4. Use the six tastes in every meal
Ayurveda recognizes six different tastes: sweet, sour, salty, bitter, pungent, and astringent. “The six tastes are a guiding principle in Ayurveda, which states that like qualities increase each other, whereas opposites promote balance,” described Adkins. “Each of the six tastes are integral to our diet and physiologic needs. Knowing which dosha (or doshas) are prominent within you helps to determine the proper combination of tastes (or rasas) that you need.”
Every fruit, vegetable, grain, nut, etc. have a particular taste or combination of a few, and ideally “each of the tastes are present at every meal–or at least every day–to ensure proper digestion,” Adkins said. “Your current doshic balance (vikruti), environment, lifestyle, age, and other qualities will guide you in choosing foods with particular properties to eat in larger or smaller quantities to promote or maintain balance, thereby reducing the chance of illness.” Besides, adding spices, herbs, and lemon juice makes meals so much more flavorful. For most meals I eat, I go through a checklist to make sure there’s a little bit of every taste—not only for the optimal nutrients but also for the optimal deliciousness.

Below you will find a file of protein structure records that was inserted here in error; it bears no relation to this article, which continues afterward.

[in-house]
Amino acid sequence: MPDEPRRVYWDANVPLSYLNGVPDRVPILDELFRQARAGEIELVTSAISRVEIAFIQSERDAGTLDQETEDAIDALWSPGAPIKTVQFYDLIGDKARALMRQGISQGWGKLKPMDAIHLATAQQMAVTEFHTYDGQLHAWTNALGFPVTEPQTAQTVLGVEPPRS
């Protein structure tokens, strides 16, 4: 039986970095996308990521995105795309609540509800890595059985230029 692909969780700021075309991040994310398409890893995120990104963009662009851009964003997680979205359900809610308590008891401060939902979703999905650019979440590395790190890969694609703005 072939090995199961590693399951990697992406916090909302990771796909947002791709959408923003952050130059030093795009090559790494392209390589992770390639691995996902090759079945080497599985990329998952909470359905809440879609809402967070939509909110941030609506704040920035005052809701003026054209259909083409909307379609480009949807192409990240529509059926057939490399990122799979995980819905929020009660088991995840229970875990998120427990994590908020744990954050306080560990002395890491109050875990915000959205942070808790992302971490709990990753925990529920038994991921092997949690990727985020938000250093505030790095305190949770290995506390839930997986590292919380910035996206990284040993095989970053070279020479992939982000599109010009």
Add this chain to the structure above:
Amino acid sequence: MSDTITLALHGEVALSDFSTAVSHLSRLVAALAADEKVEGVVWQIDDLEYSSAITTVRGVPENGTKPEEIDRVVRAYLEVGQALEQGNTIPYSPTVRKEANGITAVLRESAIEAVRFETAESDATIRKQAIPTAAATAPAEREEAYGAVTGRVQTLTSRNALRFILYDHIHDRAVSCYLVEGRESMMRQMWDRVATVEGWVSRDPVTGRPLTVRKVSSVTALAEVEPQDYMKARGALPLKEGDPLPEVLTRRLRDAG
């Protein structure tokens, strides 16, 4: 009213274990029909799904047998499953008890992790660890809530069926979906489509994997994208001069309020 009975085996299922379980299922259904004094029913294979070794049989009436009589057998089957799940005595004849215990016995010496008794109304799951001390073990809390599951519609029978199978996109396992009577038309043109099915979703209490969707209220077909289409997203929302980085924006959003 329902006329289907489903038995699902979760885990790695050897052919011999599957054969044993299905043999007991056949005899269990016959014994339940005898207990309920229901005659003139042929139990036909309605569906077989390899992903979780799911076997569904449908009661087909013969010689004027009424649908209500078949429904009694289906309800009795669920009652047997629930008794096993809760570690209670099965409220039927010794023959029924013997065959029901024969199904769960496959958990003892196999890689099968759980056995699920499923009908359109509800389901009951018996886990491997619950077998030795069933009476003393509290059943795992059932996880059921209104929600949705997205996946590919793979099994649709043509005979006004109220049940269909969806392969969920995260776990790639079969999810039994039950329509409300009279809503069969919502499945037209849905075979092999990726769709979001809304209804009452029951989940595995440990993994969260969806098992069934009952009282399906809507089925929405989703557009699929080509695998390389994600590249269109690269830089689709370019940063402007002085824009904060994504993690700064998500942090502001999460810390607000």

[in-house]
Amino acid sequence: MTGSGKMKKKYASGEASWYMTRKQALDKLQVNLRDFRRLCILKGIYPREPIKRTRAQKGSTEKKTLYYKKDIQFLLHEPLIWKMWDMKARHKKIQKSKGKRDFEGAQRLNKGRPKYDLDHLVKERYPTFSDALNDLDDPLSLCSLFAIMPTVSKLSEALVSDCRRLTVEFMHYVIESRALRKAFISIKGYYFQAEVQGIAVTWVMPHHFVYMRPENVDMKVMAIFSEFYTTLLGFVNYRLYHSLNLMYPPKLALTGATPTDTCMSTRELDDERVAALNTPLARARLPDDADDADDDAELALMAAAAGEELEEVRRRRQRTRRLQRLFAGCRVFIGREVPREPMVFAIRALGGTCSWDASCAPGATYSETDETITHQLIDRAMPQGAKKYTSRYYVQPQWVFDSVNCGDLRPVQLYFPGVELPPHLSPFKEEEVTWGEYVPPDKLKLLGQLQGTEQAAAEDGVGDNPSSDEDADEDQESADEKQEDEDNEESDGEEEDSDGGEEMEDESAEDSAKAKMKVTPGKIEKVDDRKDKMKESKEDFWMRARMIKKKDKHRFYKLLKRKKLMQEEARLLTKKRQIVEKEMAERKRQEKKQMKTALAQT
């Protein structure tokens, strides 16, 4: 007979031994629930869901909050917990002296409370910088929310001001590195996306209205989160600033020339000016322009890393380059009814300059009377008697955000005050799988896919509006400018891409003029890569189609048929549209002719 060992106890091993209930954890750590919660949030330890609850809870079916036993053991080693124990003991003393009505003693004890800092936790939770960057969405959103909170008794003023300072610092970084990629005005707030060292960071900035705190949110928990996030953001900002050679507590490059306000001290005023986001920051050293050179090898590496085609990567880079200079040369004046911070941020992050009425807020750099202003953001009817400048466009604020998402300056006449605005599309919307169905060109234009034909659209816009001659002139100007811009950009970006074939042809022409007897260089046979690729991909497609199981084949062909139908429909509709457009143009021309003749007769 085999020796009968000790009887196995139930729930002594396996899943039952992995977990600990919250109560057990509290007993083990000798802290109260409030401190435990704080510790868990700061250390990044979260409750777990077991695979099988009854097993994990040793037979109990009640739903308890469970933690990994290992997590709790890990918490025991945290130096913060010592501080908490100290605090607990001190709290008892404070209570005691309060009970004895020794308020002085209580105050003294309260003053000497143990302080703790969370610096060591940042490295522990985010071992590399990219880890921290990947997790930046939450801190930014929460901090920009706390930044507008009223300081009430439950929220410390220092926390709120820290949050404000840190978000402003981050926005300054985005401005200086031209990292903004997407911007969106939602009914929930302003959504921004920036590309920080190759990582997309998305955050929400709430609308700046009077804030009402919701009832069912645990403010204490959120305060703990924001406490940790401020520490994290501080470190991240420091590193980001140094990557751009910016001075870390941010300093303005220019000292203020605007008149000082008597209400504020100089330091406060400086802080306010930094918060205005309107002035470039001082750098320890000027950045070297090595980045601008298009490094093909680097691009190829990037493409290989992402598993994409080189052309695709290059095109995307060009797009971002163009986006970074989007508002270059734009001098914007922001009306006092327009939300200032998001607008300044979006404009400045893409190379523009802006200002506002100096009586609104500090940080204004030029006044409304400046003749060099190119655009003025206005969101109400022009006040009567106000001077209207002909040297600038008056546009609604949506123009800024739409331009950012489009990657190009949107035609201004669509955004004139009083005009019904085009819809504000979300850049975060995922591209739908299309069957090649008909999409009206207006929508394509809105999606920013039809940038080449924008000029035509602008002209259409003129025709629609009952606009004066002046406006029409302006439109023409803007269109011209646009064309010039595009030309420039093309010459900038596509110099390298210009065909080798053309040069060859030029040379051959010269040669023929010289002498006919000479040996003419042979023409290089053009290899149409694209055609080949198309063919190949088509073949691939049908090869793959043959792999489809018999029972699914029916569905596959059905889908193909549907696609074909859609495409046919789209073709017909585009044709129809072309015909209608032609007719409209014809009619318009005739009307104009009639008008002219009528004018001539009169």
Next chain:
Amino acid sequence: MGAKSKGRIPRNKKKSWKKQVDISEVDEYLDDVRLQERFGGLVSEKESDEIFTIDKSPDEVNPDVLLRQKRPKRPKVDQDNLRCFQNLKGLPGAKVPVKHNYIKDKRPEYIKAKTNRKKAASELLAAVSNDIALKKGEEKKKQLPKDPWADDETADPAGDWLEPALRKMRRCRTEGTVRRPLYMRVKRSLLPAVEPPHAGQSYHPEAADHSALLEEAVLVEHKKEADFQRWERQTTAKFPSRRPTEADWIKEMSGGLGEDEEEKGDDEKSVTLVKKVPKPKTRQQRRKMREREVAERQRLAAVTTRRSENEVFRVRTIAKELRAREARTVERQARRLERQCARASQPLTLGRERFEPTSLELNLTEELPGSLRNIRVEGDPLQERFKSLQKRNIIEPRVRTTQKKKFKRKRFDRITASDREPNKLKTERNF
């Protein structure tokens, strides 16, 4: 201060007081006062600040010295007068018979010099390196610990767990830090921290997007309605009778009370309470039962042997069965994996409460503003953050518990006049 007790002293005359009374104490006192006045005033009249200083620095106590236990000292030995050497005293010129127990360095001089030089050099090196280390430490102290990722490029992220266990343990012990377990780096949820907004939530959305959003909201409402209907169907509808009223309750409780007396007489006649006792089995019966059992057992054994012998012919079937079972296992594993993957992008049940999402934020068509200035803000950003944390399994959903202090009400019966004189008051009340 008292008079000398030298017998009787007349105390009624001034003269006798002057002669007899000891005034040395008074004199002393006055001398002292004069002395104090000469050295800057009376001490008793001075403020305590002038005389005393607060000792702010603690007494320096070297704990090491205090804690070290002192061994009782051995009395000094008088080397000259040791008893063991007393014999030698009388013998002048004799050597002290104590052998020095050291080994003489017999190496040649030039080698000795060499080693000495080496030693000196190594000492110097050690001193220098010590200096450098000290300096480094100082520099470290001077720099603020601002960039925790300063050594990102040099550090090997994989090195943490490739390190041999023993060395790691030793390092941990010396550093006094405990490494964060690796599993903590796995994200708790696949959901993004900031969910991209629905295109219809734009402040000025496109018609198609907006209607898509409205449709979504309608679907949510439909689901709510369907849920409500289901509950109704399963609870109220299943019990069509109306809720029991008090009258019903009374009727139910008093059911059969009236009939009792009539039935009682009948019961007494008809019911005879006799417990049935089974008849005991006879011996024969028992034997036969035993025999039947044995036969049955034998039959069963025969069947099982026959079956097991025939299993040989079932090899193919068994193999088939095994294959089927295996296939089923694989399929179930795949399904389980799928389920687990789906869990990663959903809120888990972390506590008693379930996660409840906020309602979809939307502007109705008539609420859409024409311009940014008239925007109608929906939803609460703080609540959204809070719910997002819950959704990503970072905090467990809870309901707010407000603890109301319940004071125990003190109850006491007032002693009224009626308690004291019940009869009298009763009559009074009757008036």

Sweet: carbohydrates and natural sugars
Sour: organic acids and fermented foods (probiotics)
Salty: salts (which contain crucial minerals)
Pungent: spicy foods (ignites digestion)
Bitter: dark, leafy greens and herbs (anti-septic and detoxifying qualities)
Astringent: legumes; raw or dry produce
5. Don’t just focus on what you eat but how
Obviously, what we eat is a big part of the wellness equation: Eating a wide range of nutritious foods (specific for our doshas, of course) while avoiding the foods that upset our systems. But the way we eat is just as important as what we eat. The fix to digestive issues could be as simple as making sure your posture is upright and your stomach is relaxed or eating slower and without distractions (read: no TV, phone, or emails).